The Torii school represented the mainstream ukiyo-e culture during the second half of the 18th century. Though one of the most beloved artists of the Torii school, little is known about Kiyohiro. Producing the majority of his works during the 1750s and 1760s, he mainly designed benizuri-e (rose-colored pictures), an early form of color printing. Characterized by a pink and green color scheme, these works could include up to five different hues. This color could be printed or applied by hand. Kiyohiro worked in a variety of sizes, each print bearing an aspect of distance, a magic just out of reach. He is known for his clean, flowing line and a strong geometric presence. The majority of Kiyohiro’s works present young men and women in genre scenes, or actor prints. His prints suggest the influence of his contemporaries Kiyomitsu and Toyonobu.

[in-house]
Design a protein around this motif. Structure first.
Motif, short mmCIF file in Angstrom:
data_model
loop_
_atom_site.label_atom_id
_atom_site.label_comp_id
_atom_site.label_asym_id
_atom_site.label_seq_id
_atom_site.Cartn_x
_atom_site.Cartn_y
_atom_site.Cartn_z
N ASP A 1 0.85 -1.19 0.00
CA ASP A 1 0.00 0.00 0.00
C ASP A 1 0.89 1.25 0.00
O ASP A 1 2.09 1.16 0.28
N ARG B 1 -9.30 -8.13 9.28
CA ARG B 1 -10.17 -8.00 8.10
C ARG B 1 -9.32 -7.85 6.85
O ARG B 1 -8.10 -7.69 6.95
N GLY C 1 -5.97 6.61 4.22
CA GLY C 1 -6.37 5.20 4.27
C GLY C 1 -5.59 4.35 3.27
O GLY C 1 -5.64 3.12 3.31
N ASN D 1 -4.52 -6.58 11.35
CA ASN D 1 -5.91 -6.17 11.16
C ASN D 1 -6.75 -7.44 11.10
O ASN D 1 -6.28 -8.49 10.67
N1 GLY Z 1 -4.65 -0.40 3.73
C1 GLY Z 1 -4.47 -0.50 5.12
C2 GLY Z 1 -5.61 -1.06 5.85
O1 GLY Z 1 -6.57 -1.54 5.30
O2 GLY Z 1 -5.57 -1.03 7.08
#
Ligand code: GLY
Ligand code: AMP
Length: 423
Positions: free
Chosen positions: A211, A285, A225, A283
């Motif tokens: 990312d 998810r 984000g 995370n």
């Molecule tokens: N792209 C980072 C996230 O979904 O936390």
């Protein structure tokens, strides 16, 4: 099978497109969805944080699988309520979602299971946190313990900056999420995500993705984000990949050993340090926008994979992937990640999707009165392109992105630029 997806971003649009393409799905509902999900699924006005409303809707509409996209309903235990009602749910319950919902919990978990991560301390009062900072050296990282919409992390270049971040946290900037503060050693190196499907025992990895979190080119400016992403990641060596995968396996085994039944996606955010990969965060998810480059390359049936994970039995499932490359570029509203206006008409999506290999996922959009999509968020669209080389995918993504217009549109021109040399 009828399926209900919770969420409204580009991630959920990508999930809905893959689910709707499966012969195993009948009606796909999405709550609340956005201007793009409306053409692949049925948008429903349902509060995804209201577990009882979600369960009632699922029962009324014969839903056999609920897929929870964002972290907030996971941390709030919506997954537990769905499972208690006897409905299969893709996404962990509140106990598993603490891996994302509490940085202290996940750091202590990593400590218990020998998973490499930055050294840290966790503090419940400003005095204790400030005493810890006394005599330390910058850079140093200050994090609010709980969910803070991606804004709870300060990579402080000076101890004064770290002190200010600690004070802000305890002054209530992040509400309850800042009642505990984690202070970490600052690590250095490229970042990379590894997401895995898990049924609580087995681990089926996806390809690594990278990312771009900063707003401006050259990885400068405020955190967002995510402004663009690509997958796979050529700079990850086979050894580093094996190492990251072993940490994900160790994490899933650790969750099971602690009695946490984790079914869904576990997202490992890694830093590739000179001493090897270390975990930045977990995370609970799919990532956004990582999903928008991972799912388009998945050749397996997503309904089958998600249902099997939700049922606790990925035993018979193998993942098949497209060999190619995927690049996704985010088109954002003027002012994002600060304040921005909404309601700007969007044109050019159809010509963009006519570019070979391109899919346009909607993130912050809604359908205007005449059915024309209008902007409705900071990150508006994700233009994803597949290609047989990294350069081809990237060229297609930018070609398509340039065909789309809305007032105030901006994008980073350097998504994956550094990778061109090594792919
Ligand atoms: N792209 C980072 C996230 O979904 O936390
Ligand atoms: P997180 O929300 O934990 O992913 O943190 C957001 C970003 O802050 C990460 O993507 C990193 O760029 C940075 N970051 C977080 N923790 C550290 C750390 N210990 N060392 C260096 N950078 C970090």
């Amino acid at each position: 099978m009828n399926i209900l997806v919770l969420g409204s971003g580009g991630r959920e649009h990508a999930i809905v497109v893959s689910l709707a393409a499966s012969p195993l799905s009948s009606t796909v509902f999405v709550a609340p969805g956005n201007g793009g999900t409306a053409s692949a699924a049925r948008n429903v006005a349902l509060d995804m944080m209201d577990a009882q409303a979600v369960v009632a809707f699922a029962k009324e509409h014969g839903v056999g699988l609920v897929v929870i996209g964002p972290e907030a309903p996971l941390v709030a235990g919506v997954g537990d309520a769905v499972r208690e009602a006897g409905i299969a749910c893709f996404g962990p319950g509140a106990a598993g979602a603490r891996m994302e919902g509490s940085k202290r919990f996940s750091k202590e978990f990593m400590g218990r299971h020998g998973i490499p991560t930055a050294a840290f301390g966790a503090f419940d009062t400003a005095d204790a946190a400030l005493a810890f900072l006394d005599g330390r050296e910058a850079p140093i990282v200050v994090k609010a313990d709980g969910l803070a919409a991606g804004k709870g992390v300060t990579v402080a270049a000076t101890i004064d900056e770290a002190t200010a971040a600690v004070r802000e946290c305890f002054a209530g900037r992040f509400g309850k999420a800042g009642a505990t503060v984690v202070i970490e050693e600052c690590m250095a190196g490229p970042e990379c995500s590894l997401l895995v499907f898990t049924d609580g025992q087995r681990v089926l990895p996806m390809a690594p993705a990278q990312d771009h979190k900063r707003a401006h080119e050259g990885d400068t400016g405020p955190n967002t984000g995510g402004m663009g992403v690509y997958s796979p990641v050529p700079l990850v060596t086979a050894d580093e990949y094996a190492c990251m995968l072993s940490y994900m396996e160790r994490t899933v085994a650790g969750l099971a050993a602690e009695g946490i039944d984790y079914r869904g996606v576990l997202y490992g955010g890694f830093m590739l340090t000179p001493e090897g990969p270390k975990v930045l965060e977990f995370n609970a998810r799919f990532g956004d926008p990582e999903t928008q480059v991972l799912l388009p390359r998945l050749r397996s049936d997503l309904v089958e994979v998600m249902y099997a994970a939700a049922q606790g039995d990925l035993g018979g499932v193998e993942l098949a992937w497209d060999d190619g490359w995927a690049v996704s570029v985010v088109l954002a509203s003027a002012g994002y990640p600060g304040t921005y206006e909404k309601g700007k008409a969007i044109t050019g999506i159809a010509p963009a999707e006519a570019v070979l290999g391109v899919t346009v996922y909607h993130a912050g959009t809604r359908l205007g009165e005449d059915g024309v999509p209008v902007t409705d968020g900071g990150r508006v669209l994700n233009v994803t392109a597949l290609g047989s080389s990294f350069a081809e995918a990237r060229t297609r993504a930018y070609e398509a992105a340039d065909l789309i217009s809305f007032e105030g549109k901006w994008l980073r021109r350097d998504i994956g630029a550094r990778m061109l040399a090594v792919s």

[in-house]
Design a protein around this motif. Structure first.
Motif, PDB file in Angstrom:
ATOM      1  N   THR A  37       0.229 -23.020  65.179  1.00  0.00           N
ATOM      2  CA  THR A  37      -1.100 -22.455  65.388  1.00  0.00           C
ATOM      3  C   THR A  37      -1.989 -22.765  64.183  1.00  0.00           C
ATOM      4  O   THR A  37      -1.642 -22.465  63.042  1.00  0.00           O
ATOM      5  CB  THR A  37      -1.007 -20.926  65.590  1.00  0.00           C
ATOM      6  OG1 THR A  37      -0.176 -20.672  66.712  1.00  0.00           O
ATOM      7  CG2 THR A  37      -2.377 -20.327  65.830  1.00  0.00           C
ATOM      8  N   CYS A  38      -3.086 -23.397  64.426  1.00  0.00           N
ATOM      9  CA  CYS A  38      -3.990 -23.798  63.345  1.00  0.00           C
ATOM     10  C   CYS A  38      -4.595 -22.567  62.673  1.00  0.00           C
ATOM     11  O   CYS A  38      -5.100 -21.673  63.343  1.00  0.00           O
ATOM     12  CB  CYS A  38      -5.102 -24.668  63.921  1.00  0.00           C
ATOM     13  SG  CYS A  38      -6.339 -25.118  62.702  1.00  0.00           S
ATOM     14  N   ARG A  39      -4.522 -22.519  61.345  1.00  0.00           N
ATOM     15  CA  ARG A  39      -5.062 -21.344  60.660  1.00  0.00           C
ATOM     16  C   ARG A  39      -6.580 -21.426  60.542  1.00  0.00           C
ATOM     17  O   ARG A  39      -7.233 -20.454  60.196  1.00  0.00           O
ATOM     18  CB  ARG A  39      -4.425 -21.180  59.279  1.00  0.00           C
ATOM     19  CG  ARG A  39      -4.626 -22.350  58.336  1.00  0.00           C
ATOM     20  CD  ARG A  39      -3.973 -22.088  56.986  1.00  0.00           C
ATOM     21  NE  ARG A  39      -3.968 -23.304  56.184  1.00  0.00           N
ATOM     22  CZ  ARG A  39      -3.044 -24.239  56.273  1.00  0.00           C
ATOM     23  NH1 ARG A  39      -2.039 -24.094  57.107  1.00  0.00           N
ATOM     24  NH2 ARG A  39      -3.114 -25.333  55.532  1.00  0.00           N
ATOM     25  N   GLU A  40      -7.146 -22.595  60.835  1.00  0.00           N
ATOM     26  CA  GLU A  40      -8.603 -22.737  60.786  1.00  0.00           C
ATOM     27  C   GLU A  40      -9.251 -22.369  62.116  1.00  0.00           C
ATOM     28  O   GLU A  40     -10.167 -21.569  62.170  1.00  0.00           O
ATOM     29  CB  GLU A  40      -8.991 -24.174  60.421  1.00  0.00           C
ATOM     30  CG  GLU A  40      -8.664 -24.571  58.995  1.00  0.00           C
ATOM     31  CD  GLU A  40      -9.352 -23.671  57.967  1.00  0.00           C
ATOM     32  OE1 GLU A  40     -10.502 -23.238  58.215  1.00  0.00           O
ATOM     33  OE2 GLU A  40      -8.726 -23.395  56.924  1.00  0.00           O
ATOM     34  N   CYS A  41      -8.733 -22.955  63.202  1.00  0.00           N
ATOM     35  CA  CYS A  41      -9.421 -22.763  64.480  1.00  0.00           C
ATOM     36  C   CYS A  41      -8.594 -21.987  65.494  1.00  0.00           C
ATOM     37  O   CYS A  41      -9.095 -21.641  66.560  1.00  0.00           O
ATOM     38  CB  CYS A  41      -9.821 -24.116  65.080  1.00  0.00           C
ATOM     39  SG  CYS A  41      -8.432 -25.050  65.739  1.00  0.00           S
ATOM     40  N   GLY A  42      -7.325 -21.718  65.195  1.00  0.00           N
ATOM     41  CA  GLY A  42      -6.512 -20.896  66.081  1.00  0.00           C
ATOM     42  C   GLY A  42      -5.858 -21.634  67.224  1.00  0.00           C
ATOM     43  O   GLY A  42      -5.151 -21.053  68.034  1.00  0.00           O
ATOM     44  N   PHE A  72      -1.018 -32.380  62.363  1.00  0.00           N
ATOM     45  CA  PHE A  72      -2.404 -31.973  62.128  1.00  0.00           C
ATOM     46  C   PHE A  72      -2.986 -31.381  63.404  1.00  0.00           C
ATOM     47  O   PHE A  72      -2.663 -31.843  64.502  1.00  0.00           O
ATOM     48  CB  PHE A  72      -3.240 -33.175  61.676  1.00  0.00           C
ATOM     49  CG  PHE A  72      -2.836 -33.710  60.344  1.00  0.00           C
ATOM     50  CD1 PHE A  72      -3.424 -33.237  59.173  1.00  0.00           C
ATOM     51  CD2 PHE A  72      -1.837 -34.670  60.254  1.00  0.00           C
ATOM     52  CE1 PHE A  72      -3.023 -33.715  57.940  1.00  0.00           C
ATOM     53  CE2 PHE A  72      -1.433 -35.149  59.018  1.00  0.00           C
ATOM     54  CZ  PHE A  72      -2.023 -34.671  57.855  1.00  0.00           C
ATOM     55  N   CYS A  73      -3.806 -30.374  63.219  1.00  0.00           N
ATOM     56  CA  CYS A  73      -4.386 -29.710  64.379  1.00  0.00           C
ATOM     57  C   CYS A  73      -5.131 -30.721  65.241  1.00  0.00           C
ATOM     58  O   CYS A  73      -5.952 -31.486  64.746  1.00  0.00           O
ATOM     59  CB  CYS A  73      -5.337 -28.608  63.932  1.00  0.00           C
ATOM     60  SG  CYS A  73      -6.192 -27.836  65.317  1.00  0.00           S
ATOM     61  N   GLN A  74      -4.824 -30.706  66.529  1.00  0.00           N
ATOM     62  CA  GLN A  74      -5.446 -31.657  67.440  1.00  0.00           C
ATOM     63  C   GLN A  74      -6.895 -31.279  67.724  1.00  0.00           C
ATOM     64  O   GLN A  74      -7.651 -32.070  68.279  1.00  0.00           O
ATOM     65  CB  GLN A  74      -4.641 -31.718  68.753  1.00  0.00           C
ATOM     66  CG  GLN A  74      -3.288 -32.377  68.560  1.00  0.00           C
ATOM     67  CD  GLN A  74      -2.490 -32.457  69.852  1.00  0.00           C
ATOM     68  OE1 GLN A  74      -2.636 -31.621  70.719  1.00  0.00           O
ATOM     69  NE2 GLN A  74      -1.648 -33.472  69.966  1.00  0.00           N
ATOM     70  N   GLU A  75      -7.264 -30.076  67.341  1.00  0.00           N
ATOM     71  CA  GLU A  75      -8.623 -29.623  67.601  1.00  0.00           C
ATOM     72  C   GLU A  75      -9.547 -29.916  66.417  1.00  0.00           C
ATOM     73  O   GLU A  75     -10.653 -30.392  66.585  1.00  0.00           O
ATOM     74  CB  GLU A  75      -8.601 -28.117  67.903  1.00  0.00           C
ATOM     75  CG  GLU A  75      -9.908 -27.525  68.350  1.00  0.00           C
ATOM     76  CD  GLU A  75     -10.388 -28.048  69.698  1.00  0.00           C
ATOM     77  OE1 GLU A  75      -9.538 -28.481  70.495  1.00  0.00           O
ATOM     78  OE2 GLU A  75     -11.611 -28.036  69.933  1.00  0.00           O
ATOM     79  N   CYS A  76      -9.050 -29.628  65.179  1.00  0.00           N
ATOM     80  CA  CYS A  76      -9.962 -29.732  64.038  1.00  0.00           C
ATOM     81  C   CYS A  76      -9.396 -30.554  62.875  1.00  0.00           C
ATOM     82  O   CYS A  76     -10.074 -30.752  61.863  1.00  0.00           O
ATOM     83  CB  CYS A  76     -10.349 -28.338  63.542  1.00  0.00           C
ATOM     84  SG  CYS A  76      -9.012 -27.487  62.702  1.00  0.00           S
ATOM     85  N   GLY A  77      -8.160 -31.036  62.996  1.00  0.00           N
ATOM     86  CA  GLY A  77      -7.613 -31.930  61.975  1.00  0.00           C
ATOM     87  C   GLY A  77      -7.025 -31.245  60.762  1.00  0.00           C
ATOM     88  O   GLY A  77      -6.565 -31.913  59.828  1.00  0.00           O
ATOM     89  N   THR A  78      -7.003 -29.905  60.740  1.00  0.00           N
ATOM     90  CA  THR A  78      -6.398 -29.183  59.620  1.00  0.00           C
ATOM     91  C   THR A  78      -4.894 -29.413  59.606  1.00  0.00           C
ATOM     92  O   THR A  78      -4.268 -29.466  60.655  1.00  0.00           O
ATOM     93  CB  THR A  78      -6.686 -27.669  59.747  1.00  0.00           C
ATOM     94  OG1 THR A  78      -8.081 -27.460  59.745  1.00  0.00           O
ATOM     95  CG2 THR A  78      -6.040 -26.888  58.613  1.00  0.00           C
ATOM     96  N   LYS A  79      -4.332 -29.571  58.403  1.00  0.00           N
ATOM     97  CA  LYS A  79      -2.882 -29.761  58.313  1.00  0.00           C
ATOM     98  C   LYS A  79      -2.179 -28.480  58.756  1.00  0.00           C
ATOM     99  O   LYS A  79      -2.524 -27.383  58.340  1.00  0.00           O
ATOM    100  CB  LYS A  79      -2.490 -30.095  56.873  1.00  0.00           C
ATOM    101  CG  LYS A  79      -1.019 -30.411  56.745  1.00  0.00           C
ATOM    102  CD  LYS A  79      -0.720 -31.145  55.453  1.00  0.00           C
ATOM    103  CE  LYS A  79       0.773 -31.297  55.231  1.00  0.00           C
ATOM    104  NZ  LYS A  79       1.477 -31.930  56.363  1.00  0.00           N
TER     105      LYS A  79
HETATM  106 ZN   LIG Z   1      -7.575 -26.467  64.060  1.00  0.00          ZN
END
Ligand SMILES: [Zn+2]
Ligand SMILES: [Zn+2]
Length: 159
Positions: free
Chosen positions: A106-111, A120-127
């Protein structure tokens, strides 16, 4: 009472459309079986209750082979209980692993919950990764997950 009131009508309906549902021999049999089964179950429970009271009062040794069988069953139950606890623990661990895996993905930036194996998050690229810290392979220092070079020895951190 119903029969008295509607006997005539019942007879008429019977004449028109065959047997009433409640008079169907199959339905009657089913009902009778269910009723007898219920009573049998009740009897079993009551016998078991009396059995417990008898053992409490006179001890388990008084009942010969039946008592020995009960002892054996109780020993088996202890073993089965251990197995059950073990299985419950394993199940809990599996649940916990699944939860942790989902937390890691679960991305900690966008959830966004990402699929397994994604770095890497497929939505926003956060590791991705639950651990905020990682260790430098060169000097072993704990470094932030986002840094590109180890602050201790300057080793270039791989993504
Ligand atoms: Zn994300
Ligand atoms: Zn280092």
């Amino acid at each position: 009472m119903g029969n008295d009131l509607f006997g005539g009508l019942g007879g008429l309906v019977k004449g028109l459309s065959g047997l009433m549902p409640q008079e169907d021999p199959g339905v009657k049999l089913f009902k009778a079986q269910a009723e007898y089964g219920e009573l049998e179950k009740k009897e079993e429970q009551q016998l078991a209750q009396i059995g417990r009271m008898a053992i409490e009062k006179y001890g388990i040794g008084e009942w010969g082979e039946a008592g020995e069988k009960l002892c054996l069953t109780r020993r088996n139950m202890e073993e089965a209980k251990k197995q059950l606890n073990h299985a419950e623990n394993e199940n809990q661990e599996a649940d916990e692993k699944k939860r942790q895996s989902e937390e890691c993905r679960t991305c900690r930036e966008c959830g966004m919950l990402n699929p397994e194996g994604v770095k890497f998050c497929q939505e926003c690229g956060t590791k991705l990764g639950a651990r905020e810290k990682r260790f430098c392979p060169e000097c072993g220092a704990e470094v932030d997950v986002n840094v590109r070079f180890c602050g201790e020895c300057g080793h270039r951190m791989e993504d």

"Art happens - no hovel is safe from it, no prince can depend on it, the vastest intelligence cannot bring it about" - - Whistler